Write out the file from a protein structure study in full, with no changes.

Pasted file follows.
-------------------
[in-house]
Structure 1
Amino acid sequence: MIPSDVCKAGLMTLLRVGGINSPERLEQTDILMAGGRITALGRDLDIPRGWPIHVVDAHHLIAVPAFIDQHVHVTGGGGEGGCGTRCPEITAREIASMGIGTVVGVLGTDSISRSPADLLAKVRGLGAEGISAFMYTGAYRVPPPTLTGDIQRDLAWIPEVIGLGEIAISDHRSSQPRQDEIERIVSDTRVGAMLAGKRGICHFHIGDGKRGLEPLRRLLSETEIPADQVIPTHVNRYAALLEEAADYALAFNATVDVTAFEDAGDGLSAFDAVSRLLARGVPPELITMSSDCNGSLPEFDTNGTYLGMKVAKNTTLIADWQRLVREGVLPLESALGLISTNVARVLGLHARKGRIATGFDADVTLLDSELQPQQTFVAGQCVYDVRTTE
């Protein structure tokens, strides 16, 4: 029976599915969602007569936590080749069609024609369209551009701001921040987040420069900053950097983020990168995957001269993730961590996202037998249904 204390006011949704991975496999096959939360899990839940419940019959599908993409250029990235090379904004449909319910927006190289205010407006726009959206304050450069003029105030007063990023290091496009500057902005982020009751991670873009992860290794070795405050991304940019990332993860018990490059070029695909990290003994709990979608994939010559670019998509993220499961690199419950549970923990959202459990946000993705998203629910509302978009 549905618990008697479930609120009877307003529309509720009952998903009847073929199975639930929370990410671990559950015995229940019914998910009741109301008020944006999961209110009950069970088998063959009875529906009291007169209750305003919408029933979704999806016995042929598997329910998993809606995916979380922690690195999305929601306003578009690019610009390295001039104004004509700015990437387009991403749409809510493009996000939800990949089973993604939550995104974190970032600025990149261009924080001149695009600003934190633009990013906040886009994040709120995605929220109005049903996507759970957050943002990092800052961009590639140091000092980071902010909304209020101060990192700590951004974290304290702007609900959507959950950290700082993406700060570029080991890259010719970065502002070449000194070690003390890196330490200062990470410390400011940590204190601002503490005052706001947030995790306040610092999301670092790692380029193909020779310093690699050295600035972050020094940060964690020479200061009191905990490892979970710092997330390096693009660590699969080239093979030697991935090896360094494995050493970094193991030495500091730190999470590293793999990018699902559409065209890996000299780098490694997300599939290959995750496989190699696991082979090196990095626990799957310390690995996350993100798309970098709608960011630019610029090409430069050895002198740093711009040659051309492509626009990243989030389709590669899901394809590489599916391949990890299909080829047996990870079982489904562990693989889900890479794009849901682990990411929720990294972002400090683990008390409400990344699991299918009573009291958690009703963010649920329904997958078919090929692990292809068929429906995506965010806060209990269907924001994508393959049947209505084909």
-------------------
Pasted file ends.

[in-house]
Structure 1
Amino acid sequence: MIPSDVCKAGLMTLLRVGGINSPERLEQTDILMAGGRITALGRDLDIPRGWPIHVVDAHHLIAVPAFIDQHVHVTGGGGEGGCGTRCPEITAREIASMGIGTVVGVLGTDSISRSPADLLAKVRGLGAEGISAFMYTGAYRVPPPTLTGDIQRDLAWIPEVIGLGEIAISDHRSSQPRQDEIERIVSDTRVGAMLAGKRGICHFHIGDGKRGLEPLRRLLSETEIPADQVIPTHVNRYAALLEEAADYALAFNATVDVTAFEDAGDGLSAFDAVSRLLARGVPPELITMSSDCNGSLPEFDTNGTYLGMKVAKNTTLIADWQRLVREGVLPLESALGLISTNVARVLGLHARKGRIATGFDADVTLLDSELQPQQTFVAGQCVYDVRTTE
């Protein structure tokens, strides 16, 4: 029976599915969602007569936590080749069609024609369209551009701001921040987040420069900053950097983020990168995957001269993730961590996202037998249904 204390006011949704991975496999096959939360899990839940419940019959599908993409250029990235090379904004449909319910927006190289205010407006726009959206304050450069003029105030007063990023290091496009500057902005982020009751991670873009992860290794070795405050991304940019990332993860018990490059070029695909990290003994709990979608994939010559670019998509993220499961690199419950549970923990959202459990946000993705998203629910509302978009 549905618990008697479930609120009877307003529309509720009952998903009847073929199975639930929370990410671990559950015995229940019914998910009741109301008020944006999961209110009950069970088998063959009875529906009291007169209750305003919408029933979704999806016995042929598997329910998993809606995916979380922690690195999305929601306003578009690019610009390295001039104004004509700015990437387009991403749409809510493009996000939800990949089973993604939550995104974190970032600025990149261009924080001149695009600003934190633009990013906040886009994040709120995605929220109005049903996507759970957050943002990092800052961009590639140091000092980071902010909304209020101060990192700590951004974290304290702007609900959507959950950290700082993406700060570029080991890259010719970065502002070449000194070690003390890196330490200062990470410390400011940590204190601002503490005052706001947030995790306040610092999301670092790692380029193909020779310093690699050295600035972050020094940060964690020479200061009191905990490892979970710092997330390096693009660590699969080239093979030697991935090896360094494995050493970094193991030495500091730190999470590293793999990018699902559409065209890996000299780098490694997300599939290959995750496989190699696991082979090196990095626990799957310390690995996350993100798309970098709608960011630019610029090409430069050895002198740093711009040659051309492509626009990243989030389709590669899901394809590489599916391949990890299909080829047996990870079982489904562990693989889900890479794009849901682990990411929720990294972002400090683990008390409400990344699991299918009573009291958690009703963010649920329904997958078919090929692990292809068929429906995506965010806060209990269907924001994508393959049947209505084909």